Bob Seger’s “Katmandu,” is the song which introduces Rocky in the opening credits. It is guilty of the trademark Bob Seger whiteness: more refurbished Chuck Berry and piano so droll it could have been played by a metronome. In the context of Rocky and his struggle to identify with white society however, it paints Seger in a different light. Bob Seger’s uncoolness can be read as a failed attempt to pay homage to black musicians like the aforementioned Little Richard and Gary US Bonds. Instead of suggesting a totalizing narrative of white appropriation, I argue that Bob Seger can be understood as a musician who would never be completely accepted by his heroes or critics. Reflected in the posters on Rocky’s wall and Universal’s contract negotiations with Columbia Records (Bruce Springsteen had been first choice for the soundtrack), Seger was not even cool to the director of the film, Peter Bogdanovich, who refered to his music as “inappropriate.”
Toward the end of the movie, Rocky holds his blind girlfriend for the last time. Her parents, disgusted by his face (but probably also by his shabby clothing), keep the two separate. Contradicting the escape narrative of Springsteen’s “Born to Run,” Rocky evinces the power of fantasy toward coping with discrimination: “We can’t run away Diana. But we can sort of run away in our minds. We can remember camp, the mountains and the Ocean…especially New Year’s Eve” (Mask Part 11 4:40). Like Rocky, Seger can’t run away from his whiteness, even though he may not relate to it, or fully embrace it, it is ever present in his recordings. Songs like “Old Time Rock and Roll,” “Katmandu,” and even “Night Moves” are celebrations of music as a forum of imagination – one where identity, be it black or white, can be reimagined as something else. Though “Old Time Rock and Roll,” will sound forever white, it relates the experience of otherness. Try as he might, Seger has no idea how to sound authentically black, and this is evident through both its celebratory lyrics and contrived arrangement.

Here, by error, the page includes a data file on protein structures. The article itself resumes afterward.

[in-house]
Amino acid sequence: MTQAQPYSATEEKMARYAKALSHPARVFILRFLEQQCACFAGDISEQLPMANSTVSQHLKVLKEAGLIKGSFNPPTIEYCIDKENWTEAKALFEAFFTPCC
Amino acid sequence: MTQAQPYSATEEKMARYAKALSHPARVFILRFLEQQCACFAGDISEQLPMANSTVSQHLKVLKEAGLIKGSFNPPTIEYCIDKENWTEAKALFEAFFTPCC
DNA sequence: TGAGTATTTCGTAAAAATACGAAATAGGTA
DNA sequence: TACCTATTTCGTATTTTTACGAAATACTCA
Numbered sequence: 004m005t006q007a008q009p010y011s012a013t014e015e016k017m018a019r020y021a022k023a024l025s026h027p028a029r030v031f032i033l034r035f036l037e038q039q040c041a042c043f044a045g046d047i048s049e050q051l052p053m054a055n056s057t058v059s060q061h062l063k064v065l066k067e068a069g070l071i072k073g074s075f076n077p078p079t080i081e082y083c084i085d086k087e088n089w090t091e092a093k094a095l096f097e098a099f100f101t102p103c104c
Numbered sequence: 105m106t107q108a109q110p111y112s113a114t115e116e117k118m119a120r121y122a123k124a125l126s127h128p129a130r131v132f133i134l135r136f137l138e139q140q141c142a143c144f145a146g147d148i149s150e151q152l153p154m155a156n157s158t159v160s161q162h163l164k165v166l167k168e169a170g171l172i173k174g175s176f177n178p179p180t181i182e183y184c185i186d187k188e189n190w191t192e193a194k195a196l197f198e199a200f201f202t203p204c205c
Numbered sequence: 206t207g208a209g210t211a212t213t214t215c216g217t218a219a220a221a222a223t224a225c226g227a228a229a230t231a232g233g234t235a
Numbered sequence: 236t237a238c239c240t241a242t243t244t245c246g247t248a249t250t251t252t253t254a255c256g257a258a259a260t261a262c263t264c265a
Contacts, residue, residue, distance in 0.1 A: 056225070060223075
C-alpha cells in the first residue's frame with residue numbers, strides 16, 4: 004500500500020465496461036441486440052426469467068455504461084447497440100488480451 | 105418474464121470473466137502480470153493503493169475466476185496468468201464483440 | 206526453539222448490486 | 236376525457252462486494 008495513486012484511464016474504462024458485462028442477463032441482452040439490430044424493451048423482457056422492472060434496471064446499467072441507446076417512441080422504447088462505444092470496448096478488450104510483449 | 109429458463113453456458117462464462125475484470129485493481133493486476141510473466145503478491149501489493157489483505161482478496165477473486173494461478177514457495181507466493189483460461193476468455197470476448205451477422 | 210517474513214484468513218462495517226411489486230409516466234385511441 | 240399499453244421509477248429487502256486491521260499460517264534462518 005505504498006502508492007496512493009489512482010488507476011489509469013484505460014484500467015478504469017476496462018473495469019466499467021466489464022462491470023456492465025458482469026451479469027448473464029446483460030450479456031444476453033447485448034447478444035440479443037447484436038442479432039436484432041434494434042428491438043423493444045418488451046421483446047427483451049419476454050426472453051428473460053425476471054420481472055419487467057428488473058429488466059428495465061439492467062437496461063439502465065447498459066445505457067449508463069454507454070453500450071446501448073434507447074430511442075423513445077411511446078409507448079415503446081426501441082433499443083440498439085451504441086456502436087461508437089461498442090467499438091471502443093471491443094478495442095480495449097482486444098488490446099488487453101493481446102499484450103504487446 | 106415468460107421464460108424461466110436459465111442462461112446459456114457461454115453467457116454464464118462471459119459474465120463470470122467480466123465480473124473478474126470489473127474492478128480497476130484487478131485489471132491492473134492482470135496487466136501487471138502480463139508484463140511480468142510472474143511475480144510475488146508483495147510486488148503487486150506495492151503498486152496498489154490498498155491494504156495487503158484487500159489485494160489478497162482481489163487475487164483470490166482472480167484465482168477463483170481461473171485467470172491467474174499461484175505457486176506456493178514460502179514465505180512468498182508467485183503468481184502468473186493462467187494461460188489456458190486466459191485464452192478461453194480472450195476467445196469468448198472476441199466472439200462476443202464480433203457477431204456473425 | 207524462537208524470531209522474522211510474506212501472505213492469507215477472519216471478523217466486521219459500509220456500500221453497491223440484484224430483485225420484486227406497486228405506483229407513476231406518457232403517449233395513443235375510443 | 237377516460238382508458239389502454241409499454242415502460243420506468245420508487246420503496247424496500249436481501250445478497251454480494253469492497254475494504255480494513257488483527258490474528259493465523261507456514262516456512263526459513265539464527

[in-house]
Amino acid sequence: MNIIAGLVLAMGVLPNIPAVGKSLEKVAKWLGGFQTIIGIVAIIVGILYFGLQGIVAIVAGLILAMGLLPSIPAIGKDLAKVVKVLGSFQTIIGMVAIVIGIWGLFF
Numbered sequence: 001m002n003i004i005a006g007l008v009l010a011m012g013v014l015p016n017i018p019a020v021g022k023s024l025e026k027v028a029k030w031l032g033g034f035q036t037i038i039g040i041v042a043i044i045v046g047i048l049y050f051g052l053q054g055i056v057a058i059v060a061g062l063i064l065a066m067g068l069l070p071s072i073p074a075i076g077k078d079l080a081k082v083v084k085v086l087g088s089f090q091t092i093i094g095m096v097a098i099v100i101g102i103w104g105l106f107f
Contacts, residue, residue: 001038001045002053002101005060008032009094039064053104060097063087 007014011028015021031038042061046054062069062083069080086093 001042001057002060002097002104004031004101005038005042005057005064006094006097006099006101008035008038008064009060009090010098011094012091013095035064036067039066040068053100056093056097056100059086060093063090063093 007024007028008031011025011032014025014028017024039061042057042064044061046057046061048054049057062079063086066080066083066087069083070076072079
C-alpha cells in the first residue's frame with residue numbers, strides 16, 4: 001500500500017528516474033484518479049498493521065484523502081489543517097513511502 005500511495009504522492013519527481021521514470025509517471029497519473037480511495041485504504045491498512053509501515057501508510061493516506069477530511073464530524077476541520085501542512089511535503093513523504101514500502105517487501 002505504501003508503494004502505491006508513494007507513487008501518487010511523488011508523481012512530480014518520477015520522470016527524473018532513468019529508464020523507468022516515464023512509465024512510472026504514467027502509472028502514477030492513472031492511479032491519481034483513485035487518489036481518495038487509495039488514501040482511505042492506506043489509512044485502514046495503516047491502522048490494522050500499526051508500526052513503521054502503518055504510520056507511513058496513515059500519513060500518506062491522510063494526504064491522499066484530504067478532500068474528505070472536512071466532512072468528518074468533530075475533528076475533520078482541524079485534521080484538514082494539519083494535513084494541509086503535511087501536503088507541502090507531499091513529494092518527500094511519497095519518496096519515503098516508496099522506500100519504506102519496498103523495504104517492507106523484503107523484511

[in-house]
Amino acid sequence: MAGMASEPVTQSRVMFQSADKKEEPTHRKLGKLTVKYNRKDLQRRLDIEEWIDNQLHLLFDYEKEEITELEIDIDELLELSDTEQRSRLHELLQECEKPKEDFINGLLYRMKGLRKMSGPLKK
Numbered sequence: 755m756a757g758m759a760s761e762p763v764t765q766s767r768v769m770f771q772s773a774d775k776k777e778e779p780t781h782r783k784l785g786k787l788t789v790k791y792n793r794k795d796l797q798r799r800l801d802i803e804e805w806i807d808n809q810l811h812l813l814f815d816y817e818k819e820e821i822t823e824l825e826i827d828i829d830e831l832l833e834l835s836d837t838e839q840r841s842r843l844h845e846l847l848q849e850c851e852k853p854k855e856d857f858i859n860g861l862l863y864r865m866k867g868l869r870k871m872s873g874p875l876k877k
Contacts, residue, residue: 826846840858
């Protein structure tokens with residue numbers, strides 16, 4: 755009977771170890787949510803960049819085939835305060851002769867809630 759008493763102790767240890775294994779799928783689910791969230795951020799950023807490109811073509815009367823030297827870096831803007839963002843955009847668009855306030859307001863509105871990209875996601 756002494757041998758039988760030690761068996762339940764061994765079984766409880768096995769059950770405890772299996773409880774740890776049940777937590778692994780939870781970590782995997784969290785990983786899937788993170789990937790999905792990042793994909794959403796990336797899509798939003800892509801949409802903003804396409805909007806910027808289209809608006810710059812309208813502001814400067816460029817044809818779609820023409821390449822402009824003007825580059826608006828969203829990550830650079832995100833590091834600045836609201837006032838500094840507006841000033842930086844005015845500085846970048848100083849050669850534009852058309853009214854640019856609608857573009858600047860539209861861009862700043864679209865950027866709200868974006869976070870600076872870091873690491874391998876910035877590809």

Growing up in a bi-racial household, where, depending on the holiday, my Jewishness could be as visible as my blackness, I feel a strong kinship to figures like Rocky, not completely belonging to any ethnic community. Perhaps this led to a juvenile obsession with Springsteen, who, according to my father, everyone could relate to, regardless of color (he worked at an all-night Jersey Shore diner, the Inkwell, in the early 1970s). Bruce though, was never really misfit, mulatto or poor; whether discussing his working class freehold roots, or his first guitar, his music epitomizes white privilege. Even his stage shows feature Clarence Clemons, The Big (Black) Man, notably subordinate to Bruce, or “The Boss.” Although now, my Bruce phase seems laughable, I wonder if it was also a fantasy of fitting in, of recovering a fantastic and invisible whiteness deep within myself. When he wrote “Old Time Rock and Roll,” was Bob Seger trying to do the same and recover a font of blackness deep within himself? I now see a complex web of identity politics informed by an economic and social history of Rock and Roll, but this holds an uneasy and complex relationship with the part of me that still believes in rock and roll. I was, am, and forever will be the misfit who found an identity in the church of rock and roll. Though the sermons have changed, in high school, Springsteen was the pastor, and I suspect that for my friend at the bar, Seger also conducted service. Even though I could never completely fit in to the rich white world of these artists, I wonder if this speaks to a fundamental affinity. Did Springsteen and Seger ever feel like outcasts, later to find solace in the black cool of Little Richard, Chuck Berry and Fats Domino? In the context of these figures and their music, how could whiteness seem anything but contrived, misfit and ugly – or in truth, is this dialectic really the beat which pushes rock and roll forward?